Posts Tagged ‘t-shirts’

Welcoming SWAG Sally to the Fairware Team

April 25, 2011

This week we’re welcoming SWAG Sally, our new advice columnist, to the Fairware blog – S.W.A.G being the ‘stuff we all get’. She’s going to be taking on a regular “Dear SWAG Sally” series where she’ll be answering your inquiries related to the role of promotional products in marketing campaigns (and maybe providing some dating advice? …maybe)

So send us your questions, your quandaries, your “what does it all mean?” issues and we’ll pass them on.

This week we have a question about t-shirts

Dear SWAG Sally,

We have an exciting new campaign launching this spring. It seems like people have so many t-shirts these days, are they still an effective promo product?

Sincerely, Considering T-Shirts in Vancouver


Excellent question CTIV, and excellent timing since Fairware is clearing some quality organic cotton t-shirts at the moment (but more about that later).

It’s true, the issue of t-shirt as promo piece raises some concerns and I’d say when done incorrectly is as useful as writing a cheque to your local Value Village! But, when implemented well, nothing gets your message across as effectively as a t-shirt.

What you want is a conversation-starter. A “hey, that’s a cool shirt” piece that prompts people to talk about the issue or brand at hand. That’s a true win!

Awesome tees recently sourced by Fairware

To help you on your way to victory, here are a few t-shirt DOs:

  1. Spend some time coming up with a fun graphic or pithy statement that people will be interested in wearing. Consider new and different placement positions for your artwork (e.g. lower left front of the shirt) as well as fashionable colors for both the print and shirt.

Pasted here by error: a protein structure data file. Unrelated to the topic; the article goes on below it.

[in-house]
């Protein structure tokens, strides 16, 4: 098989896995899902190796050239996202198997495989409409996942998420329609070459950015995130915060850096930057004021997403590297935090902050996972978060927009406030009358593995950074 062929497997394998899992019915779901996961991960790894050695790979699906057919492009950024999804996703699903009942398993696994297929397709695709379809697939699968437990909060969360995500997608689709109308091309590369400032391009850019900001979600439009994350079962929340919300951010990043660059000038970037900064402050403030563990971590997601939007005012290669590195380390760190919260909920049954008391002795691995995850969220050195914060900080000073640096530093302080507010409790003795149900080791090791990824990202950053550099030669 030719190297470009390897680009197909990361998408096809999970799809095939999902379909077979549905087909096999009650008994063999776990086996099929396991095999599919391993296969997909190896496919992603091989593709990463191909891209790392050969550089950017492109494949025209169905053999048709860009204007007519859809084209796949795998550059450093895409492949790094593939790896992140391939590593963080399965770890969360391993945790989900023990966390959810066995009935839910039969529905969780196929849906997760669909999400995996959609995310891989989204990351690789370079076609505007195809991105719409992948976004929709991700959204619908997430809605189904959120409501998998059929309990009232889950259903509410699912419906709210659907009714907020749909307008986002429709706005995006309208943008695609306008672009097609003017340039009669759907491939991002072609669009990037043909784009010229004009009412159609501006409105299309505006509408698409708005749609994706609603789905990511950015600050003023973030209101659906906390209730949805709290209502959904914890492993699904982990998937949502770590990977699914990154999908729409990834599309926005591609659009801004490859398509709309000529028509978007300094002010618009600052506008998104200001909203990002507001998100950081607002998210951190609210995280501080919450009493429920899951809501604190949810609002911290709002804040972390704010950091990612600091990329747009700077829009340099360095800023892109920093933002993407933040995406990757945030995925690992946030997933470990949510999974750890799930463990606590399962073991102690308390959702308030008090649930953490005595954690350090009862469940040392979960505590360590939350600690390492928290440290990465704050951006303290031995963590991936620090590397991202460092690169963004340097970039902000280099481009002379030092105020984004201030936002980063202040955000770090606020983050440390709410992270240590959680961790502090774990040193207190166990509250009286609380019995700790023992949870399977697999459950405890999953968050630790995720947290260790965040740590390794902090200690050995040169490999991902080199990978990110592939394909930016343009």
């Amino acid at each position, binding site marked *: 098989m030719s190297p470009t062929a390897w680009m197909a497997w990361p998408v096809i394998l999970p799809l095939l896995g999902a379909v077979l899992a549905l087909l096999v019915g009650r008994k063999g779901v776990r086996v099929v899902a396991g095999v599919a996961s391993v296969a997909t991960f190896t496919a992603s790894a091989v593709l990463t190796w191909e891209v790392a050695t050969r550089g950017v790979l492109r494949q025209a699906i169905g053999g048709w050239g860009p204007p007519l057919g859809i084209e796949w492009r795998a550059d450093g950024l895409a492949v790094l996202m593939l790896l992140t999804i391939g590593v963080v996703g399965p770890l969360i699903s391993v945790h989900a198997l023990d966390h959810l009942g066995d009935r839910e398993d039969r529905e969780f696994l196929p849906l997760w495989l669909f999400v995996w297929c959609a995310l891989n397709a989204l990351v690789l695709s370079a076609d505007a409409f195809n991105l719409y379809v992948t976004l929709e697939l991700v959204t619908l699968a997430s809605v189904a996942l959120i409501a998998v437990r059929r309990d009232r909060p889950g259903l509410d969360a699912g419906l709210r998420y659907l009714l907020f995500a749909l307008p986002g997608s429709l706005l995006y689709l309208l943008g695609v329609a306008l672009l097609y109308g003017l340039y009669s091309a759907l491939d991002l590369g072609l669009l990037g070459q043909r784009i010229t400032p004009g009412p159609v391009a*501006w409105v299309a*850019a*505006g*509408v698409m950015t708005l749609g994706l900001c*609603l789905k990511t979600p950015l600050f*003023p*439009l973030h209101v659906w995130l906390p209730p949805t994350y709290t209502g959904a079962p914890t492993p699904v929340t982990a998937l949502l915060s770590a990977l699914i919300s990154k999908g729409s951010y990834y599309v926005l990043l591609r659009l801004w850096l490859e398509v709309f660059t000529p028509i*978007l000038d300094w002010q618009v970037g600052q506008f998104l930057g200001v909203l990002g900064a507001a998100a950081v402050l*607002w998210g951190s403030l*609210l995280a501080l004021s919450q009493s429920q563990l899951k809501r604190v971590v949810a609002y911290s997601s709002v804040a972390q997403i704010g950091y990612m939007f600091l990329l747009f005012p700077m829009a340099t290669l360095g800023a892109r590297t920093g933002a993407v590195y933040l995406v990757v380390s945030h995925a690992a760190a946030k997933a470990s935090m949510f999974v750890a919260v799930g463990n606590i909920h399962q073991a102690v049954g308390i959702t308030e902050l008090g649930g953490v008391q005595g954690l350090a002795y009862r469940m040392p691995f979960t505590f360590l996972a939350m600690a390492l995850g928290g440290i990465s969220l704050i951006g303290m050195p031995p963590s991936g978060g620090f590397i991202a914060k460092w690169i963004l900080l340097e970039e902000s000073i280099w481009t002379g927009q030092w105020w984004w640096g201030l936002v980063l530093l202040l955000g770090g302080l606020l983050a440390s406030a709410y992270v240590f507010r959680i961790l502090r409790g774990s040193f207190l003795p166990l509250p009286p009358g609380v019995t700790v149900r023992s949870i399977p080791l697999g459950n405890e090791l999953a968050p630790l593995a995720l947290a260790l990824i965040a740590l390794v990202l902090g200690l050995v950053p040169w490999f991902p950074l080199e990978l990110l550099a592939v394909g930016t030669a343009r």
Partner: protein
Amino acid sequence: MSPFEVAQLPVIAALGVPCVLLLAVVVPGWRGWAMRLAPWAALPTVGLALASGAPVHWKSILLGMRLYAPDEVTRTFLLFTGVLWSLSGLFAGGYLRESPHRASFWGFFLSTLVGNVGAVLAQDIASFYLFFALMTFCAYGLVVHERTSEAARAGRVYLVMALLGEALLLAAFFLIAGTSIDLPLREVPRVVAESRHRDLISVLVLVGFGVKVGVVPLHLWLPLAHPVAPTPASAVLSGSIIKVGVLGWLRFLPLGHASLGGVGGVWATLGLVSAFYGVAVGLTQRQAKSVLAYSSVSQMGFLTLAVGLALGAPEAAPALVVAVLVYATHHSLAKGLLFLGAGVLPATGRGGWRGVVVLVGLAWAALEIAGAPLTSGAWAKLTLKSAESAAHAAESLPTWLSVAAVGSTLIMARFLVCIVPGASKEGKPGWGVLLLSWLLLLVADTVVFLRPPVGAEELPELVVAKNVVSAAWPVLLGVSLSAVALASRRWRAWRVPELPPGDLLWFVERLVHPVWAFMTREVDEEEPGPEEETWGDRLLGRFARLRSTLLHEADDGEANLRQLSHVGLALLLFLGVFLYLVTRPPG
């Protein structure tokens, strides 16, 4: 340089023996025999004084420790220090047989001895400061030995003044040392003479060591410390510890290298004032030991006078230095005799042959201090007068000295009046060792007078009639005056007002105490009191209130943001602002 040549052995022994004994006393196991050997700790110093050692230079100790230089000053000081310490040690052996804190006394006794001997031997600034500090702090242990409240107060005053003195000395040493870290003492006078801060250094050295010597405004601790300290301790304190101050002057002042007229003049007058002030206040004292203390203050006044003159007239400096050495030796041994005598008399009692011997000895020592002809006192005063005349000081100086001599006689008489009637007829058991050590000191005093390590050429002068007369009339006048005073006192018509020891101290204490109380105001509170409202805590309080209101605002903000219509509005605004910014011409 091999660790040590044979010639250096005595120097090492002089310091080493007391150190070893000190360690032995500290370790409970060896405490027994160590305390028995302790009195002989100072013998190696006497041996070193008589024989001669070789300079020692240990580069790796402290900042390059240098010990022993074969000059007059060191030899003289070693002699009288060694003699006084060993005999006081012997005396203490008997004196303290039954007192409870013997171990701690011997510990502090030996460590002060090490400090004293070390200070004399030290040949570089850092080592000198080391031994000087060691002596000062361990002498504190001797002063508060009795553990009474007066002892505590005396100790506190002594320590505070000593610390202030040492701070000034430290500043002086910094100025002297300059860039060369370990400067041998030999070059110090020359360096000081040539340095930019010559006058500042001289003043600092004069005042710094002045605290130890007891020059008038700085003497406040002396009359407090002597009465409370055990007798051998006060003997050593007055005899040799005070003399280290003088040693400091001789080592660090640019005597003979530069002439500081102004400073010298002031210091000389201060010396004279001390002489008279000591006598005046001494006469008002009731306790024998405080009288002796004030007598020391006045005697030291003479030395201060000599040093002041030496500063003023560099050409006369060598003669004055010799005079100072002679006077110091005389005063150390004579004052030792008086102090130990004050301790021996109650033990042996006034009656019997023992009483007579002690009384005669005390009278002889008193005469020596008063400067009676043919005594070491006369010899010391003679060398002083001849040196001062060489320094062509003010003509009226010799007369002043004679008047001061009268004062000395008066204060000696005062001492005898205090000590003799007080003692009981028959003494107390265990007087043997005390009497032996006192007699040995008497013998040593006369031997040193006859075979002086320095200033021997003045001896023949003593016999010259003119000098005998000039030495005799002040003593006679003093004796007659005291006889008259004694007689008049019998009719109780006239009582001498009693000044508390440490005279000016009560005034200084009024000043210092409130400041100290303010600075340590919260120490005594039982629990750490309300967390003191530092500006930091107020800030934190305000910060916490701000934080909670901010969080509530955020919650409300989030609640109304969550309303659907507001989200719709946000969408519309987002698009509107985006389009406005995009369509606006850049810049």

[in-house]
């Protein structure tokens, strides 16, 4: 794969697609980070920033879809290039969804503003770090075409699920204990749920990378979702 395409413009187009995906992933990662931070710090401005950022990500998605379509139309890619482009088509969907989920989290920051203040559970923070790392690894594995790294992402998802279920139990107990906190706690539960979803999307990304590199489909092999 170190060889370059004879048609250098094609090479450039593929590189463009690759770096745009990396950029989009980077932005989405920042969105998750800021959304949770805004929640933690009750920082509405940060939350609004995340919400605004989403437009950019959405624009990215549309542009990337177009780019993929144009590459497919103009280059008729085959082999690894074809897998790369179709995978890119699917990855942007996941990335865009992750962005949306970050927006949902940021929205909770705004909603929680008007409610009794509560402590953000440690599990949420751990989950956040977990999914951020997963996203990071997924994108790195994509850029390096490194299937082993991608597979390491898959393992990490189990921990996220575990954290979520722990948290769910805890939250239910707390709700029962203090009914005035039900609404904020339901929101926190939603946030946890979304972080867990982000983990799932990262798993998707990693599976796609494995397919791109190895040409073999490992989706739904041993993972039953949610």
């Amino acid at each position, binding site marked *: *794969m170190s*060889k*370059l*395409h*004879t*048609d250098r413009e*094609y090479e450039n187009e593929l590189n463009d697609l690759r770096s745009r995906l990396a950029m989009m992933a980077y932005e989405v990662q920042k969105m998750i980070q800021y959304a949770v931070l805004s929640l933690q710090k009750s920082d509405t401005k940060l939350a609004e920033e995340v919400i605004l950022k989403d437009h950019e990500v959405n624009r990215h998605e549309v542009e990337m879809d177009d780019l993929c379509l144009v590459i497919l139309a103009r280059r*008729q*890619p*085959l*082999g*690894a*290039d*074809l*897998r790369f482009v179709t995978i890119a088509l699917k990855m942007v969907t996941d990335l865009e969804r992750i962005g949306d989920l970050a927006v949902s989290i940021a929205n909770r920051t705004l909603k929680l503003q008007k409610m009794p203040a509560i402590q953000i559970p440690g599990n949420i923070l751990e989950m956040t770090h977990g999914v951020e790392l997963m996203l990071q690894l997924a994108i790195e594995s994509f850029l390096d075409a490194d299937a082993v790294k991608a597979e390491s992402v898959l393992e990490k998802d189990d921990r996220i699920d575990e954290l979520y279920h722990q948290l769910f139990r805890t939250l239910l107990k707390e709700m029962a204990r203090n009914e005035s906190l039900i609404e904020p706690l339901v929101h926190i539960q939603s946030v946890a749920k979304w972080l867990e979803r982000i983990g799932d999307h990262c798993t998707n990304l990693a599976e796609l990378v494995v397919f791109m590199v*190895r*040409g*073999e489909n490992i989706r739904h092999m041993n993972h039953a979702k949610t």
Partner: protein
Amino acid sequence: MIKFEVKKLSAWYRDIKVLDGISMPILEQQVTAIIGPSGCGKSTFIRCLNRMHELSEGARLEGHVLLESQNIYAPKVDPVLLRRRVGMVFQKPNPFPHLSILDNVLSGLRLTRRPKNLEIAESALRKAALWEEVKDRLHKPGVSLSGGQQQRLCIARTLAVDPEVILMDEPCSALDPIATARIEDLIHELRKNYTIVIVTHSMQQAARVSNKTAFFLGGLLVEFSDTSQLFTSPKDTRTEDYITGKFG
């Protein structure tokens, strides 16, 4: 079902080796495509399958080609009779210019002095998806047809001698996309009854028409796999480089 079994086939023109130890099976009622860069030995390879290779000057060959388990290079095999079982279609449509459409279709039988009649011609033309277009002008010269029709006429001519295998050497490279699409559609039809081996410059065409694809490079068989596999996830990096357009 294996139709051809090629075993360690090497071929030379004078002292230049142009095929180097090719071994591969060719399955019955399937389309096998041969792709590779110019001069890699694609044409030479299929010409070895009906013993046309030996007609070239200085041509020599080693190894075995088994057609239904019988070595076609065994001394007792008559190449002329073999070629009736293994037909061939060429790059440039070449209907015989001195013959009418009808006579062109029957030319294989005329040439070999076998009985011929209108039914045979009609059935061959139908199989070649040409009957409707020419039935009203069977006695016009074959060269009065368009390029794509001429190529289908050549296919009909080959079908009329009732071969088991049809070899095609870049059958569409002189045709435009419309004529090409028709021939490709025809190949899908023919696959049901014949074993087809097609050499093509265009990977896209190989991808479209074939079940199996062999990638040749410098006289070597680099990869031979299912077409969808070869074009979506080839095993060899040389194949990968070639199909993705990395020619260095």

2. Consider the best size and fit options for your target audience and leave some time to order samples. When choosing a more fitted fashion-style tee ensure the fit is in line with your expectations. T-shirt cuts vary widely across brands and styles.
  3. Be sure the shirts are in line with your organization’s values. For example, if you’re promoting an eco-message, order shirts made from organic cotton and printed with water-based inks. If you’re a strong supporter of unions, source union made tees. This detail may seem obvious, but I’ve seen it missed before.
  4. Avoid brand risk by sourcing shirts that meet ethical sourcing and fair labour standards.

The t-shirts DON’Ts are essentially a reverse of the DOs, so we’ll leave it at that for now.

If you do decide to proceed with t-shirts for your promo campaign, consider the clearance Fairware currently has on organic cotton tees, it’s a nice deal. Stock is limited so I recommend contacting them sooner rather than later.

Until next time,

SWAG Sally

GoWildGifts.org – CPAWS online fundraising store

December 8, 2010

We recently helped the Canadian Parks and Wilderness Society (CPAWS) launch an online fundraising store – gowildgifts.org. CPAWS is Canada’s pre-eminent national community-based voice for public wilderness protection. Since 1963 they have been a leader in establishing two-thirds of Canada’s protected wild spaces — an area over seven times the size of Nova Scotia!